“The station is a shelter in an emergency [situation] for maybe a day but we are housing them for multiple days,” she said. “When you have 30 people in the station and parents asking questions and kids screaming and crying, there are only so many hours you can dedicate to doing your job.”
The situation is also a health and hygiene issue, as many stations have sent migrants to the hospital because of fevers, stomach pains and rashes, volunteers, police officers and migrants told Block Club.
John Catanzara, the president of the Chicago Fraternal Order of Police, told the Sun-Times bed bugs have been “a consistent issue.” A lice problem was present at the Near West District, as well as cases of chicken pox at the Shakespeare District, according to Catanzara, who said it’s “improper” to use police buildings and resources to house immigrants.
Ald. Nick Sposato (38th) said he is in contact with Jefferson Park police about the station’s migrant families, but said their role is not to take care of migrants and they should not be staying in stations.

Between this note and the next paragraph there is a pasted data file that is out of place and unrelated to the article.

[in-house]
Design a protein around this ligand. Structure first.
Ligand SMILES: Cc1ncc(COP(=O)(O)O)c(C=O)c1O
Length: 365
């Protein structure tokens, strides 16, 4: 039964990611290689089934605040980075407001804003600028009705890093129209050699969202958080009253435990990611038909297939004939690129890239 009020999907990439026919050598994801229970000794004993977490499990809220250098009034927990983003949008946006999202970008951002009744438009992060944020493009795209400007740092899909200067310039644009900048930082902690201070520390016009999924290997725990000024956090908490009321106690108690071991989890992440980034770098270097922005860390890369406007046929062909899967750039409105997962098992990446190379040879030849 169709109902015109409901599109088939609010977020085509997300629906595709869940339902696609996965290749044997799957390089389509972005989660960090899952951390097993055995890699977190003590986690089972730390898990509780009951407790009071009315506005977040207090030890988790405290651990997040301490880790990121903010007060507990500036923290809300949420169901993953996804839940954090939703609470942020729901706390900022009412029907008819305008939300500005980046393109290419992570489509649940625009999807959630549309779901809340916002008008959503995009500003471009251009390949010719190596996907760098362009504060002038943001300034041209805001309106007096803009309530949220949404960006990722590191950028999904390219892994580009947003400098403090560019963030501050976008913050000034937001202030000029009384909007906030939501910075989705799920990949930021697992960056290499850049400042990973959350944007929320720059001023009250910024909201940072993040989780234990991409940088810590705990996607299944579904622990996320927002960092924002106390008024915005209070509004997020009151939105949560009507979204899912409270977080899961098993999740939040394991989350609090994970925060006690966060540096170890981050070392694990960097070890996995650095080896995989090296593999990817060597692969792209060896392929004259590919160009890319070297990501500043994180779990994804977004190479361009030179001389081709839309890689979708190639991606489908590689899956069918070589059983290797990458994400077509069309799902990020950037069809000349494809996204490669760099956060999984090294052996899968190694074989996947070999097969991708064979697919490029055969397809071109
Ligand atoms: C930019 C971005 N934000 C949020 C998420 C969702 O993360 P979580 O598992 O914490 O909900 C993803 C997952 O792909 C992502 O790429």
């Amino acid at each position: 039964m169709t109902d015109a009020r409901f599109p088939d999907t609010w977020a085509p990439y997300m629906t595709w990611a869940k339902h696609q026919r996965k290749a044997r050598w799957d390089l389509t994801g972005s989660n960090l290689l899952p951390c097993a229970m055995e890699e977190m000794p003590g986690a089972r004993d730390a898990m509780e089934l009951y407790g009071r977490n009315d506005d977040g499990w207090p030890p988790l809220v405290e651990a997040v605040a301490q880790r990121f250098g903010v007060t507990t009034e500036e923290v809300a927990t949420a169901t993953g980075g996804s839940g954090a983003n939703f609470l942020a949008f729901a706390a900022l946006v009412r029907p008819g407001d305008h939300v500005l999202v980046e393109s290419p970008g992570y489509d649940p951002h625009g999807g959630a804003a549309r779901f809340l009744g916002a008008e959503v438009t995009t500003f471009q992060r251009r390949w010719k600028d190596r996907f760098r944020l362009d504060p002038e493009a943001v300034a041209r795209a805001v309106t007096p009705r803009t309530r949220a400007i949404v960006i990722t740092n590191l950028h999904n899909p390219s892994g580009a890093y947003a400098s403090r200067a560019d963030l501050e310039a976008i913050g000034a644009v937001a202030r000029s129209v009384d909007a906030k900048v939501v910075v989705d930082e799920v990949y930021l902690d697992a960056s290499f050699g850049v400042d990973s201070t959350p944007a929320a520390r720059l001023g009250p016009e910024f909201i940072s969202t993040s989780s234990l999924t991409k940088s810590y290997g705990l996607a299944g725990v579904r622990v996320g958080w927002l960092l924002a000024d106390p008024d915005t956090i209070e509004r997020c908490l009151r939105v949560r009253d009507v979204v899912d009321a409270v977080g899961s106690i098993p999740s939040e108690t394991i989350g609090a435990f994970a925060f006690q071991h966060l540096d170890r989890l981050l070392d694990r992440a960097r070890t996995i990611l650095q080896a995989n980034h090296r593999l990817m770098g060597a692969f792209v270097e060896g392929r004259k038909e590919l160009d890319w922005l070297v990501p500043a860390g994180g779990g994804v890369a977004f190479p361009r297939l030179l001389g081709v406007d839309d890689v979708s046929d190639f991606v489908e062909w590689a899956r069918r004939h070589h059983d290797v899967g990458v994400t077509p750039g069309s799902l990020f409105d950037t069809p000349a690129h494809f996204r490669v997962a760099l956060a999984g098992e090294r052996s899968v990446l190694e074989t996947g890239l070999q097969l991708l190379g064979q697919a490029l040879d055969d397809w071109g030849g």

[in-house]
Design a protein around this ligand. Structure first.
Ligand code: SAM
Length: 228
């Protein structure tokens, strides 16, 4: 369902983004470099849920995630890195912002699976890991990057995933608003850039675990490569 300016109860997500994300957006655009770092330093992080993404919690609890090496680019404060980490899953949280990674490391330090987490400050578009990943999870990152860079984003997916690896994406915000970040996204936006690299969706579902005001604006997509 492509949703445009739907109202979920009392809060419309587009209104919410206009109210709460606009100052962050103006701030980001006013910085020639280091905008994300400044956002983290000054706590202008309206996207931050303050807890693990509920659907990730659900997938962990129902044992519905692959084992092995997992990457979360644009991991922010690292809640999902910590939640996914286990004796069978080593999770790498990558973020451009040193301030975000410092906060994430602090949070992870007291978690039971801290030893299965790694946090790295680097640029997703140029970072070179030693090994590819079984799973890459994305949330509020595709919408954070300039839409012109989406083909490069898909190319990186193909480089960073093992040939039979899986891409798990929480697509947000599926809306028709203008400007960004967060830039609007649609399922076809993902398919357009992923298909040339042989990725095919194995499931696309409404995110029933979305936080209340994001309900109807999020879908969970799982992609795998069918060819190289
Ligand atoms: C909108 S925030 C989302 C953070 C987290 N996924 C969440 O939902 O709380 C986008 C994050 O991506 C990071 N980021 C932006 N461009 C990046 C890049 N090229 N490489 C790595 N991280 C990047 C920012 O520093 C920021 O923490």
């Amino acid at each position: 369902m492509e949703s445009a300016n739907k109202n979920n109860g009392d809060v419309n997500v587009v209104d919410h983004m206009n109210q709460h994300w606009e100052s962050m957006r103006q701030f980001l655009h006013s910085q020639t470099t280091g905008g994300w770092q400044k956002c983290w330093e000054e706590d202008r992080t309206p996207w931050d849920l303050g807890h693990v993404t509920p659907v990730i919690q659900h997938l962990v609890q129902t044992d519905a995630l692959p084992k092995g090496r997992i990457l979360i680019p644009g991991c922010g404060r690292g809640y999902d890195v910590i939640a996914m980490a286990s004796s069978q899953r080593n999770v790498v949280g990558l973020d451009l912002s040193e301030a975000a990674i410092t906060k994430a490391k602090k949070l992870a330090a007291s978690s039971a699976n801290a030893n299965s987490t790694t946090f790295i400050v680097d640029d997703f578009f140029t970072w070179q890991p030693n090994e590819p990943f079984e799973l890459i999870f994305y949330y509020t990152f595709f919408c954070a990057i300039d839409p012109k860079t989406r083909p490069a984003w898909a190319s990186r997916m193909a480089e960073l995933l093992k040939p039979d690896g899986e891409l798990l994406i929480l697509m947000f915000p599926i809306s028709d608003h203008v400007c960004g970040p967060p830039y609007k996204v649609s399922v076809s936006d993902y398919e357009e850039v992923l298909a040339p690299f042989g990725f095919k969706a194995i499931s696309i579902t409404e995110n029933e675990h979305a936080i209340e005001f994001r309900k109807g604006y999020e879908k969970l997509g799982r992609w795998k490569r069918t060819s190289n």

“Some are helping and bending over backwards and for others, it’s impossible to do their jobs,” Sposato said.
The extra work for officers comes as the department faces an officer shortage.
According to a 2022 analysis, about 3,300 officers retired, resigned, were fired or died since 2019. The city has struggled to replace them, hiring only about 1,600 officers since.
The situation has also brought out anti-immigrant sentiment and created a further political divide between some officers. At the South Side station, people have come in to yell at the migrants, the South Side officer said.
However, it’s also opened up conversations among officers on diverse political spectrums to find common ground and work together to try and solve the problem, she said.
“When someone has a need in front of us, you can’t turn a blind eye. Look what’s here, it’s children,” she said.